Employee discontent? The impulse is to smother it. Organizations are afraid of it. Is it squelched in your team of service providers from time to time? Perhaps it is a clue that something needs attention.

It is not easy to embrace discontent, though. Organizations must maintain a sense of stability—the reason an “organization” exists. So, psychological barriers against discontent are natural. We resist disturbance. Established interests are, well, established. Discontent places people outside their comfort zones, which makes discontent a Pandora ’s Box—DO NOT OPEN!

The instant a team member is discontent and begins to question something there is a disturbance. Uncomfortable disturbance. But, heart-felt, appropriate discontent reflects an initiative, which may well generate something quite extraordinary: creativity.

Creativity often sprouts from the soil of discontent.

By the 1980’s Corning Glass had cornered the U.S. market for catalytic converters in cars. Catching them by surprise, a Japanese company produced a product that worked better at a lower price. Auto manufacturers put Corning on notice. It disturbed Corning, to say the least. They were forced to initiate a massive effort to beat that Japanese company. They succeeded. Corning’s forced discontent created a company-wide initiative that resulted in a creative solution: a superior product at a lower price.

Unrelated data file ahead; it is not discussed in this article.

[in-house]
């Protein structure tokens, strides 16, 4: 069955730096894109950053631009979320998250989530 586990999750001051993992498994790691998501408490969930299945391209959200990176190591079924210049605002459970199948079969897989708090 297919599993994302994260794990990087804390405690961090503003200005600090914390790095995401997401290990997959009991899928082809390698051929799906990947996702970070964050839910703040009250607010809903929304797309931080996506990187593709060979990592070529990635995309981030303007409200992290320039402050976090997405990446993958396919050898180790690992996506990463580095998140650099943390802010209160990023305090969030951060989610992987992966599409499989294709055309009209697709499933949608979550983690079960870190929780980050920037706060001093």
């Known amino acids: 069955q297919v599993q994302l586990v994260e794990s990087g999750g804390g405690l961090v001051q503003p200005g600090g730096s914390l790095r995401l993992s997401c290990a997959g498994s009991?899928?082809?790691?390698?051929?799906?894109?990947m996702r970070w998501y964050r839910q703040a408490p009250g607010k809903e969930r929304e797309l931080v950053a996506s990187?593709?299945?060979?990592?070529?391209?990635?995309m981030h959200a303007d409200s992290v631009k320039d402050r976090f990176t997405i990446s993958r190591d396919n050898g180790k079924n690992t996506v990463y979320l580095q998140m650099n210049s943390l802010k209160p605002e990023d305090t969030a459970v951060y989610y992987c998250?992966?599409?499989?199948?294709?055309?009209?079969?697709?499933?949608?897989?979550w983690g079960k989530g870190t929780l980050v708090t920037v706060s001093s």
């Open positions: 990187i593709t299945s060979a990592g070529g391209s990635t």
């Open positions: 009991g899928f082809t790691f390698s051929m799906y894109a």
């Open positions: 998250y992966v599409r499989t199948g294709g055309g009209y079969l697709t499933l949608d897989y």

But why didn’t the people at Corning develop this wonderful new product earlier? Contentment, no doubt; content in an ostensibly lucrative position. Like many contented monoliths [here insert any one of many well-known companies who have slipped in recent decades], Corning employees did not possess a creative discontent fostering the initiative to create their new product—until they tottered on the precipice of financial disaster. New ideas, new perspectives were buried beneath the contentment of (profitable) routine.

Two questions for teams of service providers:

  1. Is there benefit to a manager striking the spark of discontent among employees?
  2. What’s the price of not doing so?